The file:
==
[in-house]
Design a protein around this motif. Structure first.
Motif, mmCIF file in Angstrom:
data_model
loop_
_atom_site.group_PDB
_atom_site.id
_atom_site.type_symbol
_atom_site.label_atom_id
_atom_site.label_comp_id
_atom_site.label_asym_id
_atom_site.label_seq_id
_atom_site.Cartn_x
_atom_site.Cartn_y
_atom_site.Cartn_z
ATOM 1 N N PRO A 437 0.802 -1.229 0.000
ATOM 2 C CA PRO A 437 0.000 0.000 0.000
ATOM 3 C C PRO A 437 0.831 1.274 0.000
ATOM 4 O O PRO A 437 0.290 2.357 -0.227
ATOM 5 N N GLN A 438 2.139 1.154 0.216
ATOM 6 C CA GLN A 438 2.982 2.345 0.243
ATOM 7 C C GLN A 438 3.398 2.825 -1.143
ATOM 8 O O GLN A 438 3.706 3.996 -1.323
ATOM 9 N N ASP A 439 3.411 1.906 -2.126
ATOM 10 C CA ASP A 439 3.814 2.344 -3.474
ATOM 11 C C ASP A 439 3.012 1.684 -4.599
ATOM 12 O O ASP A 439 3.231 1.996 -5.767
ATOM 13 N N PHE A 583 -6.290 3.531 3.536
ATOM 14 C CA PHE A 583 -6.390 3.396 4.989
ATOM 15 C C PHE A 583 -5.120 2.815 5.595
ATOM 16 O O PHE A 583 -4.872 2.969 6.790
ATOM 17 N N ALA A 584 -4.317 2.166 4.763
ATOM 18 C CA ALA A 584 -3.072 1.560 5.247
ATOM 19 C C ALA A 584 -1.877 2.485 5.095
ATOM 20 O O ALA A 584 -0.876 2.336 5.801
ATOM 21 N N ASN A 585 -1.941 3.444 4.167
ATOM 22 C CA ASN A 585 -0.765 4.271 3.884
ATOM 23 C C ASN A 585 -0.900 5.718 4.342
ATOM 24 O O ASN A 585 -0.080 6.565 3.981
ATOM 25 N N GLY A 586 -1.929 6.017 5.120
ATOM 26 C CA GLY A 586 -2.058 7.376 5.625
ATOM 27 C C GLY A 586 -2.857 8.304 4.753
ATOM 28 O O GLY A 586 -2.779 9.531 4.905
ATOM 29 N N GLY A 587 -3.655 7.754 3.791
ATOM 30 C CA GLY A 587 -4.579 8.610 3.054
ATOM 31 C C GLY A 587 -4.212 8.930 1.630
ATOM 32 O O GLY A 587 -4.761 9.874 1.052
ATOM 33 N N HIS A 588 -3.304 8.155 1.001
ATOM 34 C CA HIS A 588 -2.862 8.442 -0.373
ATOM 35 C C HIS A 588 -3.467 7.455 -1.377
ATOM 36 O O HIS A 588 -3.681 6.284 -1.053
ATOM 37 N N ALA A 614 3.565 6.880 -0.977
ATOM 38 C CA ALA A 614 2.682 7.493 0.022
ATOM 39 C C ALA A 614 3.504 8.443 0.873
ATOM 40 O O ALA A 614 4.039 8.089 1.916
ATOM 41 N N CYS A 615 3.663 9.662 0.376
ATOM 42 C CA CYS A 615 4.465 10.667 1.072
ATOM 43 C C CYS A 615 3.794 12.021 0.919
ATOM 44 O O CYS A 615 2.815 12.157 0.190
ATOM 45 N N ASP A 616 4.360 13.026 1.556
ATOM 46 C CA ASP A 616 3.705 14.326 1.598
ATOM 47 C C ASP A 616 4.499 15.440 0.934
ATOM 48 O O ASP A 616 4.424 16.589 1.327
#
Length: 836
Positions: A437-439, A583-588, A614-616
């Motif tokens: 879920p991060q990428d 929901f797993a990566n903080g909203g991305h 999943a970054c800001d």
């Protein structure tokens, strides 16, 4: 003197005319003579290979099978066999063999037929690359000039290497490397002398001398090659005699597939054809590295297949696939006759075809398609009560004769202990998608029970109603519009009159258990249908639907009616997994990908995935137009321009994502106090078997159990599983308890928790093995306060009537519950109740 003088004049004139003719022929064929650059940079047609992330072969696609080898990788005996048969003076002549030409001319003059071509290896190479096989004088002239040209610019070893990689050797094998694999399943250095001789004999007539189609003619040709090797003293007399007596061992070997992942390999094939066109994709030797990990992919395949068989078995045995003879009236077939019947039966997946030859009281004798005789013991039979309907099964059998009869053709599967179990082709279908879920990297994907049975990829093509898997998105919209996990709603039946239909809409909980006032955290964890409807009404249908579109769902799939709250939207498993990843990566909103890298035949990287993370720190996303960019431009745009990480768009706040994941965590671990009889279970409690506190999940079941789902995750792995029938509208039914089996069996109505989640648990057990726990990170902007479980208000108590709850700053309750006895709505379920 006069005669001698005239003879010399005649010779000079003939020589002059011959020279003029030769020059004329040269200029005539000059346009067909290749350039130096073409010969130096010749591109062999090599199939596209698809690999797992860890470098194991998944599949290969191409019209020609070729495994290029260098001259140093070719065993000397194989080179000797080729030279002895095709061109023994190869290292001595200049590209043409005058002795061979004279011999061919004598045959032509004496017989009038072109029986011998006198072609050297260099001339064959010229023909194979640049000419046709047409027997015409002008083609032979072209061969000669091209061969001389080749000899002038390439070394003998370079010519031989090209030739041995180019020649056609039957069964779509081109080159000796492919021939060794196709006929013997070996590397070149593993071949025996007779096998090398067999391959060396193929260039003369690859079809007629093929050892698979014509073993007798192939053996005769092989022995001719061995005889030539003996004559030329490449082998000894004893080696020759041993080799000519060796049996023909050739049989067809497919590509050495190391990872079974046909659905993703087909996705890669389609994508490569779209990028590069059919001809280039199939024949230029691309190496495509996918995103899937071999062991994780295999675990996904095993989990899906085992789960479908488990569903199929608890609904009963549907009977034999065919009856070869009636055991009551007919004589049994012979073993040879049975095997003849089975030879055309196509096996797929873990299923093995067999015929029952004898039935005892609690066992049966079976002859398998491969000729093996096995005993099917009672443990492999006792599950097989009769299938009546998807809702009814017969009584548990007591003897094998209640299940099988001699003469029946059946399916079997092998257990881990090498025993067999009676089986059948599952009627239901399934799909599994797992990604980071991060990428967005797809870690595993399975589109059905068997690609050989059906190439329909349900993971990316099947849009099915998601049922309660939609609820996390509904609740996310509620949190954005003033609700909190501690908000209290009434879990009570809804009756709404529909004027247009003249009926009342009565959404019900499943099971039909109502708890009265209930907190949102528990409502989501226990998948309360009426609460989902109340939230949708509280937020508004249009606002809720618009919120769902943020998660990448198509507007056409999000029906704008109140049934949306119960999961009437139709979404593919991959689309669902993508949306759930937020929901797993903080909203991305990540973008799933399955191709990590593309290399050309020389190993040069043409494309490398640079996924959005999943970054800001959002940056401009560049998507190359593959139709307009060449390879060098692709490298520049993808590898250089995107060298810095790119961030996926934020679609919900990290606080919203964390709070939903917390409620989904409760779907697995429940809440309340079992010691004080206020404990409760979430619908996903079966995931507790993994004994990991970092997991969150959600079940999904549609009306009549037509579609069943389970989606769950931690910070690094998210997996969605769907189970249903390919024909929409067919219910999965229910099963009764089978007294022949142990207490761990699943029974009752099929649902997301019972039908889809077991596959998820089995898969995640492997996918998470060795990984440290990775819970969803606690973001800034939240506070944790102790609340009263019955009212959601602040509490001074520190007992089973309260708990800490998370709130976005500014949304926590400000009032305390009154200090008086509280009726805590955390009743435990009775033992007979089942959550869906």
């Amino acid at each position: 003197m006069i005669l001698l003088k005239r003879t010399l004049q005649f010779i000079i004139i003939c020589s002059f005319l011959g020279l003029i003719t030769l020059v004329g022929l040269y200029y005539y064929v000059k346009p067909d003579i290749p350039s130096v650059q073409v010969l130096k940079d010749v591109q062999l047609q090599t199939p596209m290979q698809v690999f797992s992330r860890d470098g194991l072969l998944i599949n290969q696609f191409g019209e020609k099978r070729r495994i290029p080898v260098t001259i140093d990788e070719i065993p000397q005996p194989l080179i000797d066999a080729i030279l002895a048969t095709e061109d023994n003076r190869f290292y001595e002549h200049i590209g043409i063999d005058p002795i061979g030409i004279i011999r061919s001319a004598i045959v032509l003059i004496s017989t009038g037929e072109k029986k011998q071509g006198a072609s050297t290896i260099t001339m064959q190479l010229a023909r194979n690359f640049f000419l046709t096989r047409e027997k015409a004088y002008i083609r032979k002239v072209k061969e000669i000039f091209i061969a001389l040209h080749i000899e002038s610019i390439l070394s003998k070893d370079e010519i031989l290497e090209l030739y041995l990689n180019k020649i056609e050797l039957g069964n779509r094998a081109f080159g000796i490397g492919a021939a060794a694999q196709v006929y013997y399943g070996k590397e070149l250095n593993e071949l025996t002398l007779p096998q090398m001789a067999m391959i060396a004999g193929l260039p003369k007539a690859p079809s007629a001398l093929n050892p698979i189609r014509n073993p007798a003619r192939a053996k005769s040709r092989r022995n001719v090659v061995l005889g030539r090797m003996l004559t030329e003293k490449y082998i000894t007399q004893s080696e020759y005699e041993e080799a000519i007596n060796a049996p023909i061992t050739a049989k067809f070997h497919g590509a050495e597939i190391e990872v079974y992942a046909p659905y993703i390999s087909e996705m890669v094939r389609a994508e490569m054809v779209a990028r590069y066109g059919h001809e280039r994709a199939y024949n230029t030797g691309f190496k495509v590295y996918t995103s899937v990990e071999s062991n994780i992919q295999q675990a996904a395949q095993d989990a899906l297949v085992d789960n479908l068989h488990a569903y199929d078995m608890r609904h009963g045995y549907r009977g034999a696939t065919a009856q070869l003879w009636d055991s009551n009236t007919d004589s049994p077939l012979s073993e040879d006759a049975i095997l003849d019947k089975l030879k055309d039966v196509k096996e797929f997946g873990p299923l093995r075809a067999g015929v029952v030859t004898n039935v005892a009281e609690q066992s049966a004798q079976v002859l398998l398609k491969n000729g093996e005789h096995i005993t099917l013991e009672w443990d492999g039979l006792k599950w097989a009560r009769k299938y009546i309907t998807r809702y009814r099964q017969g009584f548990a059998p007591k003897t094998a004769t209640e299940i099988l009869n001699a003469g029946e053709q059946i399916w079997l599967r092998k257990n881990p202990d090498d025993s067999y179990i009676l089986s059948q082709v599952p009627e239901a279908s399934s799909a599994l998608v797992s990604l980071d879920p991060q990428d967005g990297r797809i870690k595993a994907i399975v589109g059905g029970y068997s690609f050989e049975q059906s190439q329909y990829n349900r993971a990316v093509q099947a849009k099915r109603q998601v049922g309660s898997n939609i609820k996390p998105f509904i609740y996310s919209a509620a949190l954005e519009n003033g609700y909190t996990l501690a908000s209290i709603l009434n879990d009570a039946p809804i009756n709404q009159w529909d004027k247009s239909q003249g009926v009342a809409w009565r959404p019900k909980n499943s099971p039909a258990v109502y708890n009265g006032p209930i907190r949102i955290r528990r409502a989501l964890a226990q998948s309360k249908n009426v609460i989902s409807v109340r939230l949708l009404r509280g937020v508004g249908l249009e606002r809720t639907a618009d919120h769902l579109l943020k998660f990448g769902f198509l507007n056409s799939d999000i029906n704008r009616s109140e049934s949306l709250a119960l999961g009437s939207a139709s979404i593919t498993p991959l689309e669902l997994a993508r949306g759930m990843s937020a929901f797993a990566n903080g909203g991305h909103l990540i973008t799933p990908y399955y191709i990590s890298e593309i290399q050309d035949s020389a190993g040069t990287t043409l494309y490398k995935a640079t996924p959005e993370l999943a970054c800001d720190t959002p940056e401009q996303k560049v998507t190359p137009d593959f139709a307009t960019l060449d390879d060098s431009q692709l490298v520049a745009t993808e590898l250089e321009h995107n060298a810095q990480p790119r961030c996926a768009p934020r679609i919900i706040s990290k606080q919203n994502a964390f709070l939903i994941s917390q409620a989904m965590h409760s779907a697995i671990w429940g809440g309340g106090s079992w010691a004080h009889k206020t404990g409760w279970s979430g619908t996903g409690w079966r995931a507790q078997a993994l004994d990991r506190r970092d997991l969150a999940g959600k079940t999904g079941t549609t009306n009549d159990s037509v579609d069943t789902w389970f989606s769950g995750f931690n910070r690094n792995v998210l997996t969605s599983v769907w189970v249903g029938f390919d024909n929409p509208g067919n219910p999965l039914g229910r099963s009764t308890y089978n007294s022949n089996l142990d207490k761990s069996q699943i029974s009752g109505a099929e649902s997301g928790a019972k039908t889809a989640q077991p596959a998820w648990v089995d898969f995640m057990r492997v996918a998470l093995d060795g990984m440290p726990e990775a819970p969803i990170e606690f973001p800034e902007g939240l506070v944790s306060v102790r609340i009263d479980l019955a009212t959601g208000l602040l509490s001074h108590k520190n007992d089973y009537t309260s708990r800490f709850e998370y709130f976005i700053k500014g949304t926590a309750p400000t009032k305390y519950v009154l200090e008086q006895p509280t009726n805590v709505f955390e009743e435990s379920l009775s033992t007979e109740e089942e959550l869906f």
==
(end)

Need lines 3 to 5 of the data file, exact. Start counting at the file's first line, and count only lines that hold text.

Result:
Motif, mmCIF file in Angstrom:
data_model
loop_